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Quote:
Original post by Asuralm
So what's your guys opinions of using GCC to build a larger project rather than only 2 or 3 files?


I use GCC to build my game (a lot more than 2 or 3 files) on Windows. It works fine.

Quote:

Completely useless. Use some kind of makefile system to call GCC for you, otherwise you will drive yourself insane within a matter of minutes.

"make" itself is servicable, although I find it obtuse and archaic. I liked SCons. Assuming you're not using an IDE, of course, because the IDE typically generates makefiles for you.


I assume the OP was not talking about invoking it manually.

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OK Asuralm in case you're confused.

There is a difference between an IDE and a compiler. The compiler just compiles and links your sources into an executable. The IDE lets you edit your code and gives it to the compiler for you. On Windows, IDEs usually come with compilers since Windows has no standard compiler that it ships with.

On Linux, the standard compiler is gcc which pretty much everyone has and pretty much everyone uses. Most C++ IDE's for Linux don't include a compiler at all and just use gcc.

The makefile systems jpetrie is talking about are essentially shortcuts that allow you to invoke the compiler with one command and have it only compile the files it needs to. All IDEs do this somehow too.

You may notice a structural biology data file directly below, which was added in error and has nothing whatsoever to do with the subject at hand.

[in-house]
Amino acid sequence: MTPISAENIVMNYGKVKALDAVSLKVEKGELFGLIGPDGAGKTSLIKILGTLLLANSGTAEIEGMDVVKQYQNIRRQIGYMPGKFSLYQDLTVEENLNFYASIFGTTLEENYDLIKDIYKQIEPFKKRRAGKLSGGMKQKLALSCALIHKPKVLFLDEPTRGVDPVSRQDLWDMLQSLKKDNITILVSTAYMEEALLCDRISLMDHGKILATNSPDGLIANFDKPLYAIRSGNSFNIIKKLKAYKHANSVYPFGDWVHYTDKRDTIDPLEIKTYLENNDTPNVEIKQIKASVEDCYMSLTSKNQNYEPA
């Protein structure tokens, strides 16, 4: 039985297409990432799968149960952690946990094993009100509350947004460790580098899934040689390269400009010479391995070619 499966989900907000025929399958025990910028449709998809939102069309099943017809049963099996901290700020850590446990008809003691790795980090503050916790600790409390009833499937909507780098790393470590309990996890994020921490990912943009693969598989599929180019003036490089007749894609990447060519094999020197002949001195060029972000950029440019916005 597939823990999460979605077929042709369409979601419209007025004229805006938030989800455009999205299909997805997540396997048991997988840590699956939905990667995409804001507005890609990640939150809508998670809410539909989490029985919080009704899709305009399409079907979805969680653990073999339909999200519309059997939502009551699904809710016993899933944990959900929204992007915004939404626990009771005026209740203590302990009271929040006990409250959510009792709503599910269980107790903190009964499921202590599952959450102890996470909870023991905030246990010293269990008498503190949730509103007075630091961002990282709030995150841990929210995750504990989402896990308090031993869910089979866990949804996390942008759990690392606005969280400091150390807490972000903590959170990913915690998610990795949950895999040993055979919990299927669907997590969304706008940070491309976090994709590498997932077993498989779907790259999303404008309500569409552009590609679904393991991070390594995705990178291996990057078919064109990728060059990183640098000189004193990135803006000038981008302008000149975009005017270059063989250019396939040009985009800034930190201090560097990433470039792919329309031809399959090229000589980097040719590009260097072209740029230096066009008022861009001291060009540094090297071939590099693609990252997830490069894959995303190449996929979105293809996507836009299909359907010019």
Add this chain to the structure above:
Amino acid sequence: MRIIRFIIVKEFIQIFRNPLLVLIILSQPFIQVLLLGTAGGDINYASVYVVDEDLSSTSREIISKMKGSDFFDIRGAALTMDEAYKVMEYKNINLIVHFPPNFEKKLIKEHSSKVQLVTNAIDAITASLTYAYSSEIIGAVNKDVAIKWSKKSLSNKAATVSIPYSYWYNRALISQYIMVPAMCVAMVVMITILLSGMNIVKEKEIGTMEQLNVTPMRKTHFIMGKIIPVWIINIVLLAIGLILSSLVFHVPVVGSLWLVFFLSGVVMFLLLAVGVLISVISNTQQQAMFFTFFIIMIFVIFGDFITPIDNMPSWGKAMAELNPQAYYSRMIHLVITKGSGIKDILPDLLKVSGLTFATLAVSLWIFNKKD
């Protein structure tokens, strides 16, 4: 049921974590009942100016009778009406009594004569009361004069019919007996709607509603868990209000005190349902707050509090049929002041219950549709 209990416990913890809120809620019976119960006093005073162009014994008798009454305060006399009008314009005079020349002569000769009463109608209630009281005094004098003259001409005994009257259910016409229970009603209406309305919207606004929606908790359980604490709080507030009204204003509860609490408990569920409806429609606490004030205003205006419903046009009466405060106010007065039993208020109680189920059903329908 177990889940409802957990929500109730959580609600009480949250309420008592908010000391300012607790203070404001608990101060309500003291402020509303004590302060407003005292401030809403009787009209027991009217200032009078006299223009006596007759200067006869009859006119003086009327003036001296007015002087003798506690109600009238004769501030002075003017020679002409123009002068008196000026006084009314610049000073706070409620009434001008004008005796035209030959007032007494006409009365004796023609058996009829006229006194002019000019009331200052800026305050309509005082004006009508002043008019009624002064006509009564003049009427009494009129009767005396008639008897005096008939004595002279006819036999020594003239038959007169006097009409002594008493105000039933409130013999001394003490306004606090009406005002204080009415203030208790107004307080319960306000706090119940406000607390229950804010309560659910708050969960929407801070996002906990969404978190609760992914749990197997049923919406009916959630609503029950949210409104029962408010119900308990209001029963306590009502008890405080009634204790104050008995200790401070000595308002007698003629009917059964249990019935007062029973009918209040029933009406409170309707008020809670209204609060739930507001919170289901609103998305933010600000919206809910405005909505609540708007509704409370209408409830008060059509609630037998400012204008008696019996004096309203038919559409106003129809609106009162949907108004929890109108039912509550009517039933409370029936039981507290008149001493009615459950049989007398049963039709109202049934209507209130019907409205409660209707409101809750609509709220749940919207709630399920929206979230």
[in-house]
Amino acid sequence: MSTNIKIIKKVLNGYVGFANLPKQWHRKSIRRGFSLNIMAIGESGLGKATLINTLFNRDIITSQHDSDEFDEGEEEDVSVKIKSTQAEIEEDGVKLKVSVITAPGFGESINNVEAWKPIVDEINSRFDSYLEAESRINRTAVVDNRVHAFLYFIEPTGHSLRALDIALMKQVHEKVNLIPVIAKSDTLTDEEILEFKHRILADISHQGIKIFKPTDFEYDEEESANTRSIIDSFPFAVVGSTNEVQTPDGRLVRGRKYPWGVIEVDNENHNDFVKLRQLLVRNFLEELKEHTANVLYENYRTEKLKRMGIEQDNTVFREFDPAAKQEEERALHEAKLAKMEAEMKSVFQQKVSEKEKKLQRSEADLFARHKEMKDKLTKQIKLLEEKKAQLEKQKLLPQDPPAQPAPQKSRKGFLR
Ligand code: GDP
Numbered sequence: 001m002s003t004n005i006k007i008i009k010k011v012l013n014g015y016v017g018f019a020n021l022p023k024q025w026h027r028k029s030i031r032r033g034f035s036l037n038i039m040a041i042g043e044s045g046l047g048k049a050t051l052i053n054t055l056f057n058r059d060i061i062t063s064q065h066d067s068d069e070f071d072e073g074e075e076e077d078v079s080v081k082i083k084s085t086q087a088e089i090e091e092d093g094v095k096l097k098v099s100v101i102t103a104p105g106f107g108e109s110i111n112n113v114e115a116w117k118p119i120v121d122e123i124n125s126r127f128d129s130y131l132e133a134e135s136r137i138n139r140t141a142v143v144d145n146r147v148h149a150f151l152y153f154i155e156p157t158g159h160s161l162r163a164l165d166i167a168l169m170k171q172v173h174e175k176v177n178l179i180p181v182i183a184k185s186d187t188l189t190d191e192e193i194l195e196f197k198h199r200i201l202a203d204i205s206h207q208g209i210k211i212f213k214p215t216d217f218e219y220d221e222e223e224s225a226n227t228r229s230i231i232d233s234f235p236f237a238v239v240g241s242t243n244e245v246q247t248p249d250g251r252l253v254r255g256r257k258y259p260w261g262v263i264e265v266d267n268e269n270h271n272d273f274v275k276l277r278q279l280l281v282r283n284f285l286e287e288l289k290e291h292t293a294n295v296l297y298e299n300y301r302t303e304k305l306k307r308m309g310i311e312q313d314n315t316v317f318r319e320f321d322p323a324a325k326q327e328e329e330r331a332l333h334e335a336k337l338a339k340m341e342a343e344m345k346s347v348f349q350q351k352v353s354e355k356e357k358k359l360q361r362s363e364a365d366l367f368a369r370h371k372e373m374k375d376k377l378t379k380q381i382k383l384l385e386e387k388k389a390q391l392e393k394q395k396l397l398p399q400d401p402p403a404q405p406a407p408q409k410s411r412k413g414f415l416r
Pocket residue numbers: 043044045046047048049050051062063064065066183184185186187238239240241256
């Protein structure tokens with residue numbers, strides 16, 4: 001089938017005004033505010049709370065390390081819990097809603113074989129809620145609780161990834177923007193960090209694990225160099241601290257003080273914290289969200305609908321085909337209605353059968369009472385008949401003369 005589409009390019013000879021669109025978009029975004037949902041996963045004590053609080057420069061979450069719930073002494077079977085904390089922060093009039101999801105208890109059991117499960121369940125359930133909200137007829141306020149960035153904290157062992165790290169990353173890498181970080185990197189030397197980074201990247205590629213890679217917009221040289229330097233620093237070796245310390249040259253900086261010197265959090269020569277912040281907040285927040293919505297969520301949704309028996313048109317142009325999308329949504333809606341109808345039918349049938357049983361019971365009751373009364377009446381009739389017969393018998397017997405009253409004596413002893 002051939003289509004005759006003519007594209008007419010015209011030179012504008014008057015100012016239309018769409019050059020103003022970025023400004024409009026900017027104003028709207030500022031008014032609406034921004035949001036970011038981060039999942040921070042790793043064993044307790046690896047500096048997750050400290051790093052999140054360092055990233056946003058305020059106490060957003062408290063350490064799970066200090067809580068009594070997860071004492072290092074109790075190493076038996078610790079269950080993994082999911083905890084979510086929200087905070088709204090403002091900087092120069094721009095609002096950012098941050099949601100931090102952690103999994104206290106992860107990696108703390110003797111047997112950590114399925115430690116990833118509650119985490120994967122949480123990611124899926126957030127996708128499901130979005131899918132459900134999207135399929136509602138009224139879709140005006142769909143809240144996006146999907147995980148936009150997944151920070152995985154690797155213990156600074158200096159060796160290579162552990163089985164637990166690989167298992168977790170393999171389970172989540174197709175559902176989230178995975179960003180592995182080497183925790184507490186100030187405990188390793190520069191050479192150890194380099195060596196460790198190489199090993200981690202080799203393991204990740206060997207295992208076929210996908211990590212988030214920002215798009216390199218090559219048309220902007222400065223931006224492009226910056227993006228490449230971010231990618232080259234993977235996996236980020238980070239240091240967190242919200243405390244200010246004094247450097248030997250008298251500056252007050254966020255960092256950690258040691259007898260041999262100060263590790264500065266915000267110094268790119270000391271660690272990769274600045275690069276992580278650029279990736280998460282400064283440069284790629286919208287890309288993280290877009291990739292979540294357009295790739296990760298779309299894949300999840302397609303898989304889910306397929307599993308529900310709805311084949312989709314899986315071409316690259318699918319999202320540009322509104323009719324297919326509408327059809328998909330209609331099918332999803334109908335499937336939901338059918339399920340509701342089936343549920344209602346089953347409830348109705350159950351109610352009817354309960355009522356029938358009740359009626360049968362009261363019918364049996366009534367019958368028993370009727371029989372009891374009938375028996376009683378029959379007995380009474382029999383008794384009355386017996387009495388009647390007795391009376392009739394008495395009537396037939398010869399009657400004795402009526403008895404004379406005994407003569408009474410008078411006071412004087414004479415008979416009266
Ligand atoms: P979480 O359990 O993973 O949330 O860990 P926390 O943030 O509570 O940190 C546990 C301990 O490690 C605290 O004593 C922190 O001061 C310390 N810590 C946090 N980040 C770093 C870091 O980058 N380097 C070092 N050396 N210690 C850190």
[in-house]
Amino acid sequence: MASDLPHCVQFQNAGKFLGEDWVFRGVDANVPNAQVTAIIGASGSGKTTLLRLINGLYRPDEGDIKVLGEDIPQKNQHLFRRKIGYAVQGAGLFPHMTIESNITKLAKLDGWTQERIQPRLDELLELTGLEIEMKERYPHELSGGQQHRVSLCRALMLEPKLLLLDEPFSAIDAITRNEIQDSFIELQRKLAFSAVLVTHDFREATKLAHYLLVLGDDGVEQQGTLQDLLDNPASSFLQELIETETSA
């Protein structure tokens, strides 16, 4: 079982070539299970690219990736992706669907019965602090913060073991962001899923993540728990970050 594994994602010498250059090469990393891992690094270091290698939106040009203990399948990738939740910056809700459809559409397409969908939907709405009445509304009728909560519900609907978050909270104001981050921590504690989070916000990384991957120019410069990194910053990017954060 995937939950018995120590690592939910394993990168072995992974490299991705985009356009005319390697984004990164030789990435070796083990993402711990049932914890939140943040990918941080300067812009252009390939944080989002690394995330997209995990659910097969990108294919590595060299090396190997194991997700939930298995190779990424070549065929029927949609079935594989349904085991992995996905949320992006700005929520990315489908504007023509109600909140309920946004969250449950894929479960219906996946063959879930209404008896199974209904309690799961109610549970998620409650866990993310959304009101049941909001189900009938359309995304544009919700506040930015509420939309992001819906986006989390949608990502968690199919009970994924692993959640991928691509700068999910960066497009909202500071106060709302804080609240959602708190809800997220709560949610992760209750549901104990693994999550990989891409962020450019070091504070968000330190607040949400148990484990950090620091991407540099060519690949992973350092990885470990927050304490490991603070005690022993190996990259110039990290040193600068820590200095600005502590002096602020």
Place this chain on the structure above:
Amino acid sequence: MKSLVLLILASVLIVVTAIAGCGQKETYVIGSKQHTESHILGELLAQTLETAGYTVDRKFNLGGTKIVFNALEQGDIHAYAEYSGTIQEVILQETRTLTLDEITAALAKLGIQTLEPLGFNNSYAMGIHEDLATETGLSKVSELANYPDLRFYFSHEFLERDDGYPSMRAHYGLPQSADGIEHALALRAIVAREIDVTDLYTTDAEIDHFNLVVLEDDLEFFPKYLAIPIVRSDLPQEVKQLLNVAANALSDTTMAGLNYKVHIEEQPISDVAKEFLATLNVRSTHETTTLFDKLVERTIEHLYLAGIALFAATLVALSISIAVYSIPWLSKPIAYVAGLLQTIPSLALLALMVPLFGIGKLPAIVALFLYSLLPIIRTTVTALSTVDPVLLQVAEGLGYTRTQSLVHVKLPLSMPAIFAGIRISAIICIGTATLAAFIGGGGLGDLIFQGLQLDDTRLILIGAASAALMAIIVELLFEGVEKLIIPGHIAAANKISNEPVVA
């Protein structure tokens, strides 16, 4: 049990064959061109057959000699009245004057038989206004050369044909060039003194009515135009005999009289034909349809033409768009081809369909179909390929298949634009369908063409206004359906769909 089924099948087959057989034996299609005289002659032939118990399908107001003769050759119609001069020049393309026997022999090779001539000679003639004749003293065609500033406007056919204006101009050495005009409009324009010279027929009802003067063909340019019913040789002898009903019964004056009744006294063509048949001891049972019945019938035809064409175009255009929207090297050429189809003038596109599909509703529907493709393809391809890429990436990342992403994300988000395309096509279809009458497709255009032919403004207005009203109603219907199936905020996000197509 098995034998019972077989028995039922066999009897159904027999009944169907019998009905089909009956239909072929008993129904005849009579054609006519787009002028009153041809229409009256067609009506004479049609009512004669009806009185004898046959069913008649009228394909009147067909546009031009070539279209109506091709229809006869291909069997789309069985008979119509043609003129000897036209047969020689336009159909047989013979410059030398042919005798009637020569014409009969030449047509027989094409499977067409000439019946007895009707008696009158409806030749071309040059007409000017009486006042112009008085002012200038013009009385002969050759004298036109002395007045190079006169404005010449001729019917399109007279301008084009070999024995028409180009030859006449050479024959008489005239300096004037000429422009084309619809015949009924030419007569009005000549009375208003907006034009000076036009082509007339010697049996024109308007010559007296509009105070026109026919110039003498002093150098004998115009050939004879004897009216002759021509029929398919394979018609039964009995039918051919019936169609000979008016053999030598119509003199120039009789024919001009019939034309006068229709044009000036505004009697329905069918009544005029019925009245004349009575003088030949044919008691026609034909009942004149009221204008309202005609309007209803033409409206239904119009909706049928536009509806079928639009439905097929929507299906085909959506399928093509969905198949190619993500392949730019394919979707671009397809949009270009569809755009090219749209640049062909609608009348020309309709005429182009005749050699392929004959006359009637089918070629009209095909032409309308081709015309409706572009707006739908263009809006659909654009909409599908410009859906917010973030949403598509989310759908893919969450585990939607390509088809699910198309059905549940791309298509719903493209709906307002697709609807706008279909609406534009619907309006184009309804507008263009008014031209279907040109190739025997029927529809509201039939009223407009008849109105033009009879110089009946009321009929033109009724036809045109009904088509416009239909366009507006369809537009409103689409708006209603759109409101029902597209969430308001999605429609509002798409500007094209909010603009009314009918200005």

I'd recommend learning how to use make even if you never plan to use it seriously, as it is often used for installing libraries on Linux.

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Thanks Simian Man. That's really helpful. I know a little bit about makefile. It always comes with lots of cumbersome flags and options. I really hate those things. But hopefully I will be enjoying the powerful open source when I used to it.

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Ehrm, there's also the NetBeans IDE and it's C/C++ Development Pack. It was a pain setting it up, never really used it much so I can't say much else.

I use Code::Blocks and I'd recommend it. Just remember to download the nightly build not the Release Candidate.